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Study shows link between cleft palate gene and abnormal saliva glands

Sun

People with cleft palate or cleft lip often suffer with increased risk of gum disease and tooth decay throughout their lives. New findings suggest that these dental problems could occur due to abnormal saliva glands in the mouth. It also shows that an uneven balance in immune compounds within saliva could be a contributing factor.

The study was published in the Journal of Dental Health Research, and explored the subject by observing mice with the gene mutation that is responsible for a cleft palate or lip. The mice all showed signs of less effective salivary glands, which had a knock-on effect on their oral health.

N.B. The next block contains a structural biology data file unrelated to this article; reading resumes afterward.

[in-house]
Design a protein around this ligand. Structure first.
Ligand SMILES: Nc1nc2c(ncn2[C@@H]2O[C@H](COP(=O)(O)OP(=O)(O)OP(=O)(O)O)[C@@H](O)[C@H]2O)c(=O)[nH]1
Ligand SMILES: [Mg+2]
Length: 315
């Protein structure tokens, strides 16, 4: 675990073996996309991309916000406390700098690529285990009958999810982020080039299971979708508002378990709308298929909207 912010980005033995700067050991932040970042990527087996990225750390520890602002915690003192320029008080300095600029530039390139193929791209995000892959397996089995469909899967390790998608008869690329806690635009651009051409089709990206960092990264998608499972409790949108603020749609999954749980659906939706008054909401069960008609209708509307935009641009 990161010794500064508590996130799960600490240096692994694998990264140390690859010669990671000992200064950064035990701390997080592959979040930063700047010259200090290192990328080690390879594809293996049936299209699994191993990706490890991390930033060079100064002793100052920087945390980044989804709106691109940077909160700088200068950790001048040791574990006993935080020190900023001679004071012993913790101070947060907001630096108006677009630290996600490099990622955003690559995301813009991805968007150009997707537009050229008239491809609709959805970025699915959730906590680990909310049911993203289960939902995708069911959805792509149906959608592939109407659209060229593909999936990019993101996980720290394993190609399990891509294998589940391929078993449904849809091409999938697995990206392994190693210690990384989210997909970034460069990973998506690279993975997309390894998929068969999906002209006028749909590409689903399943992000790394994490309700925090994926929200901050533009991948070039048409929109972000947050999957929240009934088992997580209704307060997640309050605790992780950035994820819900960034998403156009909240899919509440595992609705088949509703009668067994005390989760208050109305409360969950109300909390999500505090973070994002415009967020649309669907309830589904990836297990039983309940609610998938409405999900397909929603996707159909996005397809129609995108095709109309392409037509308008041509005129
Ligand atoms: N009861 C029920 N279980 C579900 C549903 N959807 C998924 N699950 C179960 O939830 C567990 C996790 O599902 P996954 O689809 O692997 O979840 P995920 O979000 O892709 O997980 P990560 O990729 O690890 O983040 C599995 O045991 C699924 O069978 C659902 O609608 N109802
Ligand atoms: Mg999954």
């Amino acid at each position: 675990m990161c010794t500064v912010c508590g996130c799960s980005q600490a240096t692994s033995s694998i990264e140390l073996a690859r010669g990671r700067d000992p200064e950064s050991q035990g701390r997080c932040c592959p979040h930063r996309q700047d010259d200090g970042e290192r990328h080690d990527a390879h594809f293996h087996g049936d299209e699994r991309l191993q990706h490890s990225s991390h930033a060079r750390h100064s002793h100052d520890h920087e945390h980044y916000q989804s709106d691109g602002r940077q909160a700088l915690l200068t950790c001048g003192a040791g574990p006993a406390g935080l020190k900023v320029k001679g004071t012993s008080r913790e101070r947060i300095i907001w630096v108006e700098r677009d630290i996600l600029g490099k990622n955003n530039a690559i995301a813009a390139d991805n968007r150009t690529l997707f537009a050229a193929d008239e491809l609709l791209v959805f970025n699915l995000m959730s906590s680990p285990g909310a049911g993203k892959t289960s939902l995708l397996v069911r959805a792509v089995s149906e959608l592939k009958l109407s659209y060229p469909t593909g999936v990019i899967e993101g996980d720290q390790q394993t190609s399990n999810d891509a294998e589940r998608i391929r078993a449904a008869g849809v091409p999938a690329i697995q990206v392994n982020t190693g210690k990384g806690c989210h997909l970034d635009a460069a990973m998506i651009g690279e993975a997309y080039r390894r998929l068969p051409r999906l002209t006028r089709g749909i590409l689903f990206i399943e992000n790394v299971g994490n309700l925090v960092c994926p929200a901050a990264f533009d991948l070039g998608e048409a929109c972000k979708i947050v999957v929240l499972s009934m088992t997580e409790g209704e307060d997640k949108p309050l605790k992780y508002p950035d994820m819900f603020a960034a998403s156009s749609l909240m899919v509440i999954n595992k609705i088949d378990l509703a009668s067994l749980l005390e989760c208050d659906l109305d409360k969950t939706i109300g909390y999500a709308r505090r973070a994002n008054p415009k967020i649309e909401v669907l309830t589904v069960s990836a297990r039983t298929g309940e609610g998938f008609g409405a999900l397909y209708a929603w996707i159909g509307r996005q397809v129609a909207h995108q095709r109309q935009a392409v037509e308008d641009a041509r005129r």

Craniofacial researcher and lead author of the paper, Dr Timothy Cox, discussed the findings with Science Daily, “We found that the cleft lip and palate gene mutation also resulted in abnormal salivary glands. The result was a mouth environment that was too acidic and contained excess bacteria, which led to problems in the gums and more rapid tooth decay.”

If the salivary glands are working as they should, the saliva is secreted to balance acidity from food and drinks. People with the cleft palate or lip gene do not excrete saliva containing the protective immune compounds properly. More research is due to be undertaken in the near future, with the hope of providing dentists and doctors with a better understanding of how to treat patients with a cleft palate or lip.

 

 

 

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